I don’t know if I mentioned this, but I was fortunate enough to attend the Future of Web Apps conference in Vegas. Learned a ton.
Anyway, Tony Hsieh, the CEO of Zappos, was a keynote speaker at the conference. Zappos played a big part in making it a really fun conference. They’re headquartered in Vegas and Tony is really keen on trying to make the downtown area a happening tech scene. I think they can do it.
I really like Tony’s outlook on work. Surprisingly to me, he never seemed to be a workaholic. He wasn’t an overachiever in school either, in fact his first college ventured involved crowdsourcing and publishing study notes–mainly so he could pass the classes he’d slept through all semester. When it feels like work, he would disengage. When it was something he could really pour himself into, he’d make magic. I think a lot of entrepreneurs and creative types can relate to something like that– if your heart isn’t in it, it’s not likely you’ll hang around too long.
After selling LinkExchange– the company he cofounded with a college friend– to Microsoft for $265 million, the 24 year old Hsieh was offered an additional 20% of his cut to stay on at LinkExchange for one more year. But his heart wasn’t there. So instead of just “showing up” and collecting another couple million, he got back to what he does best– starting companies.
I made a list of the happiest periods in my life, and I realized that none of them involved money. I realized that building stuff and being creative and inventing made me happy.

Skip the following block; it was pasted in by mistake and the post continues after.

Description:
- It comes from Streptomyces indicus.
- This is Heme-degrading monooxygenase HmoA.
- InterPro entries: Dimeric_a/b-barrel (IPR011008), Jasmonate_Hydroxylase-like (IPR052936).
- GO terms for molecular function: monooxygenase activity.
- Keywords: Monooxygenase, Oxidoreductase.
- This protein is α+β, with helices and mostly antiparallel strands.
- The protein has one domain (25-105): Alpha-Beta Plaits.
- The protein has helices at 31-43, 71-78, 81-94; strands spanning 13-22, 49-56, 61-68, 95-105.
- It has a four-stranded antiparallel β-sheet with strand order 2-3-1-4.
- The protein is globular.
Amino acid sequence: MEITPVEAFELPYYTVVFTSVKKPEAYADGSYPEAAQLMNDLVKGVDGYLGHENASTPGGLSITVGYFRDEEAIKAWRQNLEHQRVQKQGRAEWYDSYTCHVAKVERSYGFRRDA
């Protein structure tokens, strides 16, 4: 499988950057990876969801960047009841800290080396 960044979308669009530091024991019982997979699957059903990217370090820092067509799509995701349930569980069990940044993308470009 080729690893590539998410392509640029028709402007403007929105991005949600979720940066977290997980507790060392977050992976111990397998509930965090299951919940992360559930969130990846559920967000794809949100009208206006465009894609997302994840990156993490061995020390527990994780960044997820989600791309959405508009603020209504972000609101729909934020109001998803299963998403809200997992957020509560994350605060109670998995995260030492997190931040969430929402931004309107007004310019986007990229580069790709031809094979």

Hsieh admits that writing isn’t his strong point, but the book is written in a very conversational manner and is an easy read. I think anyone who has considered starting a company, or who just isn’t finding their desk job very satisfying, will find Hsieh’s enjoyable and inspirational. Fun read.
REC Studio is the hottest new motion design house in Los Angeles. In my opinion.
The REC crew approached me about developing their website. It was a nice change of pace from my daily design & production work. Not only was the proejct a great refresher, but I was able to pick up a few new tricks along the way.
What I picked up:
1. Embedding fonts. I know it’s been around for awhile now, but I finally broke it out. I was surprised how easy it was.
2. Div hiding techniques. The designer Rich wanted a hover over state that I’d never really tried before. I found an article on creating a hidden state over the images. I whipped out my z-axis and things got real weird.
3. Custom highlight color. Never messed with it, but I think it’s like favicons, it’s just one of those nice details that makes a site that much more polished.
4. Dealing with an OCD designer.Rich is my good friend, but I forgot how damn meticulous as they get. This was the first time I’ve played a purely front end role on a website build, and it was a cool experience for me to see things from a a developer’s eyes.
5. My first (mostly) HTML5 site. You know what they say. Probably not going back, right?
This was our first pass at the site, and I know we’ll keep optimizing away. I look forward to tricking it out a little more with some nice jquery / css3 transitions where I can– their livelihood behind based on beautiful motion and all. Also stoked to get them a mobile version in the next couple of months.